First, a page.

Born into a very poor family in rural Kenya, Joyce barely completed elementary school. Her mother was a single parent without the means to even feed her family. Sometimes she did menial jobs for other villagers; sometimes she resorted to sex work to make ends meet. Eventually Joyce’s mother died of AIDS.
The death of Joyce’s mother left her, the oldest of five, bread winner of the household. She was 17 with no skills or education and, like her mother, soon found herself relying on sex work to survive. By the age of 20, Joyce was no longer engaging in sex work to provide for her family, but to afford alcohol. She often spent the night passed out in a ditch, unable to get home. Joyce was repeatedly raped.
In 2014, Joyce discovered she was HIV positive — devastating news. Joyce wanted to commit suicide. As she struggled with that choice, she thought of Rosemary, a lady from her village. Rosemary is a volunteer facilitator with Stepping Stones, a part of the Ng’enda Sexual and Reproductive Health project, funded by World Renew.
The Ng’enda Sexual and Reproductive Health Program began in 2013 as a joint effort between Anglican Development Services and World Renew to help community members address the sexual and reproductive health issues that affect women in their community. Stepping Stones is a curriculum that uses peer counseling to build relationship and communication skills within in marriages, families, and the community. With an emphasis on avoiding judgement, Stepping Stones groups create safe environments in which participants can freely share their life situations and seek solutions.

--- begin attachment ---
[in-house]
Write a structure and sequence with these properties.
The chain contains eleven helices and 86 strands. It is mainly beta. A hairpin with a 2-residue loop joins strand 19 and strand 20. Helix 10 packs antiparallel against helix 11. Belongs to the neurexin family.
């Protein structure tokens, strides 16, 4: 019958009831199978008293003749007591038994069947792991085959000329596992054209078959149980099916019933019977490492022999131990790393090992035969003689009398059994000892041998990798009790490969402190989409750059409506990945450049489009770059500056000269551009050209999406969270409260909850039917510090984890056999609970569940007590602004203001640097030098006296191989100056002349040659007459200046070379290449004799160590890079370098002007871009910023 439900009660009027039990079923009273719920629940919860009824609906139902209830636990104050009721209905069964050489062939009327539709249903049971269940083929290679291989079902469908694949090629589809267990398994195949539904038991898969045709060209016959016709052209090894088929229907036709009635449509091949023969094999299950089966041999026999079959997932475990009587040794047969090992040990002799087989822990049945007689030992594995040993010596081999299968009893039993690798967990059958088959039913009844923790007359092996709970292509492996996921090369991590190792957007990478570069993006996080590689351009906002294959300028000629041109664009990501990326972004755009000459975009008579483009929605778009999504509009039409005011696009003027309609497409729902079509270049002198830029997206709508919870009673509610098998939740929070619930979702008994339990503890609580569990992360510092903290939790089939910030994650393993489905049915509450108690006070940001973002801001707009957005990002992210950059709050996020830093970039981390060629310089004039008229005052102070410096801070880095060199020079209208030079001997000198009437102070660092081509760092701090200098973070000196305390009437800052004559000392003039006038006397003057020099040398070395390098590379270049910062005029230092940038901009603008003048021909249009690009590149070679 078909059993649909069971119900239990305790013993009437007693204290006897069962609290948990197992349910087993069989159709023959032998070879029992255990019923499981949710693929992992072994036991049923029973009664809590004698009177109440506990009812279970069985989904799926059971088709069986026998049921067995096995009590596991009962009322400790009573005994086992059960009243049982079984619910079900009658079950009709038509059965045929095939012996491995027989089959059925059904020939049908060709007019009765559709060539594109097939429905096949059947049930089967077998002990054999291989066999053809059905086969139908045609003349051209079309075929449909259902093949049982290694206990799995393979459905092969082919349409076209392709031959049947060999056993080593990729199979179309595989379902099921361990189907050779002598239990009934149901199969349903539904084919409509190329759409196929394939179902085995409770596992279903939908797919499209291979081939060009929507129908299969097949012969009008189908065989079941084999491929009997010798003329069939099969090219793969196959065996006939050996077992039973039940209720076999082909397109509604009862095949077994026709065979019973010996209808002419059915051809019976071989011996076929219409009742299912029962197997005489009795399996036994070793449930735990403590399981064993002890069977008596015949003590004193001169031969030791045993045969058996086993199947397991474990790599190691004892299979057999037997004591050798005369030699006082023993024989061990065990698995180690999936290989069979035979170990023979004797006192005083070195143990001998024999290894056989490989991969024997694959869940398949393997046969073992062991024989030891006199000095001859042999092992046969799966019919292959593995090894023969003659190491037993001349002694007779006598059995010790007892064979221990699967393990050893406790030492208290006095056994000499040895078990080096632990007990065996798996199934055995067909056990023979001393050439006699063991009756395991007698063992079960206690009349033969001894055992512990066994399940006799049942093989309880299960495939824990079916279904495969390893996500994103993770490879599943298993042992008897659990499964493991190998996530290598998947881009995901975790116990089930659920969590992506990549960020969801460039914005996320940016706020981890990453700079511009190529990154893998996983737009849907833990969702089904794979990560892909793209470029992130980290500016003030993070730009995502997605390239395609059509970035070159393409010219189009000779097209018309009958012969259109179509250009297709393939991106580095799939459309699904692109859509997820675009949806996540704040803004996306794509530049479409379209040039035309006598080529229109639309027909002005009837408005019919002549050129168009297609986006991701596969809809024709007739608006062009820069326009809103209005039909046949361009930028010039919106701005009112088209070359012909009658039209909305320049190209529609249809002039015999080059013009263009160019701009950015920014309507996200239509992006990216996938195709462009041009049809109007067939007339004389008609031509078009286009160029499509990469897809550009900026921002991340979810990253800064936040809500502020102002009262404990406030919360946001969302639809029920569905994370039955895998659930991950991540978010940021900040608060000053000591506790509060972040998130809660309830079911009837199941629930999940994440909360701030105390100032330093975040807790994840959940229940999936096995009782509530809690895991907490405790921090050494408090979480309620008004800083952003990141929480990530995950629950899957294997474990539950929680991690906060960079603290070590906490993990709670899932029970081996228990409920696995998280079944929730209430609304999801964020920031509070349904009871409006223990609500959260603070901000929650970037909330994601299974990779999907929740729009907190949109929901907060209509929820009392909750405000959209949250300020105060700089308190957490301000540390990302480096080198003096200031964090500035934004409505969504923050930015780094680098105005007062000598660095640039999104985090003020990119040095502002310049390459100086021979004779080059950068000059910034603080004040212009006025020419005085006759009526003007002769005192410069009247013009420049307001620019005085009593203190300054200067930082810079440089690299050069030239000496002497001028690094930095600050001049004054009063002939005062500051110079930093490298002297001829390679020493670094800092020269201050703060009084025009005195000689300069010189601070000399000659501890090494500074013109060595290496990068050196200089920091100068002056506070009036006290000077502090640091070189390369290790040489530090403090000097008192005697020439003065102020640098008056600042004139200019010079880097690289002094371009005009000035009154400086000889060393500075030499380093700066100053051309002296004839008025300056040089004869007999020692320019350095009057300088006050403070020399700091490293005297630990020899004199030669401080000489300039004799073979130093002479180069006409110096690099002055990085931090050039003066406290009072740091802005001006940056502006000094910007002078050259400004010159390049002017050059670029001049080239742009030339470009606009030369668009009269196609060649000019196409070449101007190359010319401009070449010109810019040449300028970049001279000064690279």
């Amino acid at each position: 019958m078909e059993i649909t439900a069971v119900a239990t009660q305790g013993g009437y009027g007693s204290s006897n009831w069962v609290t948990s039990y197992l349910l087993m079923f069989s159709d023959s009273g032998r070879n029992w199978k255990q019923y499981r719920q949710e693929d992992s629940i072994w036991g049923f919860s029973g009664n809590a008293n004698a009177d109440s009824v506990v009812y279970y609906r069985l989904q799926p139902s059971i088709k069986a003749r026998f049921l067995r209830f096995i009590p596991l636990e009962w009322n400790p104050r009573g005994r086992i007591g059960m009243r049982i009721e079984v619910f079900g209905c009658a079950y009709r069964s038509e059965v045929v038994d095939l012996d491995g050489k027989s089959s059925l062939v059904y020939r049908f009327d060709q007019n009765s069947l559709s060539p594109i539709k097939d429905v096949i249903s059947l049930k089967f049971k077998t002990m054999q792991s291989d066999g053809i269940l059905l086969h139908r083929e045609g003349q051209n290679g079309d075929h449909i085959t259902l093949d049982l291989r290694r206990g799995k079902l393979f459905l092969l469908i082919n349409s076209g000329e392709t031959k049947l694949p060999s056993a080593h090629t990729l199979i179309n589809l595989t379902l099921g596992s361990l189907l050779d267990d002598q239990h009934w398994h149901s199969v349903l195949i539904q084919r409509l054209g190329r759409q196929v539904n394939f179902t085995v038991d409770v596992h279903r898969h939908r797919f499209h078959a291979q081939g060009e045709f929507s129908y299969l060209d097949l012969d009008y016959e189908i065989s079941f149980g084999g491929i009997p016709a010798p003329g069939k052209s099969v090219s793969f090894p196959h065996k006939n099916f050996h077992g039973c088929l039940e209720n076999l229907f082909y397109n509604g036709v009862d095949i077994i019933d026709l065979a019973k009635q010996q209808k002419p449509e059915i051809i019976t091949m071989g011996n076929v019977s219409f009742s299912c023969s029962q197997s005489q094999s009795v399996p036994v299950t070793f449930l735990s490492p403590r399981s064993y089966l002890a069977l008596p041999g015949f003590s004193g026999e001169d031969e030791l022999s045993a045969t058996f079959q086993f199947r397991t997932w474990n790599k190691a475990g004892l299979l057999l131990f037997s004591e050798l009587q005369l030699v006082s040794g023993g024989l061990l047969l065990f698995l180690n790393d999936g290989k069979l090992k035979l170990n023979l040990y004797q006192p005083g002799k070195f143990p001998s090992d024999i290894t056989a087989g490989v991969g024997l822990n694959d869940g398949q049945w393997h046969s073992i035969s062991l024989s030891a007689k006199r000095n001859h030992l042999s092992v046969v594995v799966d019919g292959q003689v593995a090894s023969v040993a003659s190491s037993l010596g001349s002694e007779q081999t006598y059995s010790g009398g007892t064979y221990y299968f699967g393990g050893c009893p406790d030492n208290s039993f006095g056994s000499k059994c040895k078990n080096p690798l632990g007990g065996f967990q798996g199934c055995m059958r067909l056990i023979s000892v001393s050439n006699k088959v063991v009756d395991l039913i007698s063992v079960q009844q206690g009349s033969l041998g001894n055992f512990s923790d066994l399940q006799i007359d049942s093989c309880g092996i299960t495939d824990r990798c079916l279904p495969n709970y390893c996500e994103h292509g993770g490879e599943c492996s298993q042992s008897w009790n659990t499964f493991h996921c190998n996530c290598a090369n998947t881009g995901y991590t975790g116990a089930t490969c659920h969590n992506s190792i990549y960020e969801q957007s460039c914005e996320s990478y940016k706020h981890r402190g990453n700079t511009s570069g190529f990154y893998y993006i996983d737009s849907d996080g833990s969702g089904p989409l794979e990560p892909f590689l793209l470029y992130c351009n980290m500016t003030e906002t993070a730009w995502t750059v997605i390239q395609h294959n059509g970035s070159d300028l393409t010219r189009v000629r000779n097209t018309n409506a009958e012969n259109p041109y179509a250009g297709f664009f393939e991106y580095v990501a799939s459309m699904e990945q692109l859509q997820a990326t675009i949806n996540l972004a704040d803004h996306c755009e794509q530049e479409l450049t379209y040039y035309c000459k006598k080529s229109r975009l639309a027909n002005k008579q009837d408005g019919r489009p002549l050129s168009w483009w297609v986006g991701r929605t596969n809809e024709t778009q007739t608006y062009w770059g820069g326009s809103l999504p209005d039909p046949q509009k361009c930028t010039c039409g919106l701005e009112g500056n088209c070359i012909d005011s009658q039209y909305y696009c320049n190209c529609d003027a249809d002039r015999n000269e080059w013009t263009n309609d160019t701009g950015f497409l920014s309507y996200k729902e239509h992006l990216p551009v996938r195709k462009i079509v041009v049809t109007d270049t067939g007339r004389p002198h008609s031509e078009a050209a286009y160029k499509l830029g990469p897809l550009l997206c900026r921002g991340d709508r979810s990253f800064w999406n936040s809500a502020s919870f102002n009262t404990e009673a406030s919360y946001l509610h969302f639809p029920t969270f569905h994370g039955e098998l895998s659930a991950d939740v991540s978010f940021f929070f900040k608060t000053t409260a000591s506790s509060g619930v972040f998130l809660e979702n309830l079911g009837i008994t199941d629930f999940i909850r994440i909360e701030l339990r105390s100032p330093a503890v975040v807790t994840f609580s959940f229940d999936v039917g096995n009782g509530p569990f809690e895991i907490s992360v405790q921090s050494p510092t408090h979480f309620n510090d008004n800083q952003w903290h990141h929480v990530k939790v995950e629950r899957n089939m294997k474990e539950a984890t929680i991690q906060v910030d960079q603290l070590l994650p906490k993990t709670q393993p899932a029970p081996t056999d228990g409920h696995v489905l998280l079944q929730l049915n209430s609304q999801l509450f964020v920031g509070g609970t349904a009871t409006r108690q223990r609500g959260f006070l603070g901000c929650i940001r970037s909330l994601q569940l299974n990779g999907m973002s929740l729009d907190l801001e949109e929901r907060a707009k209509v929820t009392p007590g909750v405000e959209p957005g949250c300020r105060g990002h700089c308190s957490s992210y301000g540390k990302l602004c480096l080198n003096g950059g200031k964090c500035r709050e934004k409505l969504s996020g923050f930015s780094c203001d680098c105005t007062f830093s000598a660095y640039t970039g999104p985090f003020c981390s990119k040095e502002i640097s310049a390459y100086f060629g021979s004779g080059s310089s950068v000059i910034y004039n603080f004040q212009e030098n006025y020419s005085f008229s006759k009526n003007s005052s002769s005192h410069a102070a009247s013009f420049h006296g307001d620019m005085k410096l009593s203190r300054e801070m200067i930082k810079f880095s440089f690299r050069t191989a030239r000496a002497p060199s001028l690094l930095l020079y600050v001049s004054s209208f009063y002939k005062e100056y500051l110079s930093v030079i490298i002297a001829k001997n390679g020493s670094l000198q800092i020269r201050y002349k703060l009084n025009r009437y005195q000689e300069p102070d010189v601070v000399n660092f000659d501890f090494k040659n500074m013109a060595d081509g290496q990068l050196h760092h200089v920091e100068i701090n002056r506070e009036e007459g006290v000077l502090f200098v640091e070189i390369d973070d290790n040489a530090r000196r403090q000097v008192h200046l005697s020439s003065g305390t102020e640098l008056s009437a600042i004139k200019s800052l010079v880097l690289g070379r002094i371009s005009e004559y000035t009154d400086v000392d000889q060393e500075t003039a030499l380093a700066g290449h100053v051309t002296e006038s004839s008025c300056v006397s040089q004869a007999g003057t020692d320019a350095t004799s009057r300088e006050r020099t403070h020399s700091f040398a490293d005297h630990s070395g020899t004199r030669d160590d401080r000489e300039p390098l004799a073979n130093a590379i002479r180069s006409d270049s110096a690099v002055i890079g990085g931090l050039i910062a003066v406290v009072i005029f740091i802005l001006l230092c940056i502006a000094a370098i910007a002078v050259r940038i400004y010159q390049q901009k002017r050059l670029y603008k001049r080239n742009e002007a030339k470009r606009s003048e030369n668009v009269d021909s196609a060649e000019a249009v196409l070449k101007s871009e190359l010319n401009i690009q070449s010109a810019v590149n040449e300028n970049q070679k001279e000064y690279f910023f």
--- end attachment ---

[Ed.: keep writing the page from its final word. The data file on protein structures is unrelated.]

Joyce reached out to Rosemary and soon joined a church-based Stepping Stones group led by Rosemary. For the first time in a long time, she felt accepted and safe. Through the group, Joyce received peer counseling on how to live differently. She was introduced to a local church where she became a born-again Christian. Rosemary introduced Joyce to a local health center where she is receiving medication and support for her HIV-positive status. Joyce is recovering from alcoholism, and has been clean for a year.
Last year Rosemary introduced Joyce to Kiganjo Community Bank, a community savings and loans program supported by World Renew. Joyce began steadily saving her earnings from menial jobs, depositing them with the group, and this past January she received a small loan of $200 US to buy farm tools and seeds. She is receiving training and plans to grow crops to sell at the local market.
When asked how she felt about life, Joyce now says, “I am hopeful and ready to live. I thank God. I cannot believe a person who was sleeping drunk in ditches two years ago can now be trusted with such an amount of money. I will make the best of it.”
World Renew Kenya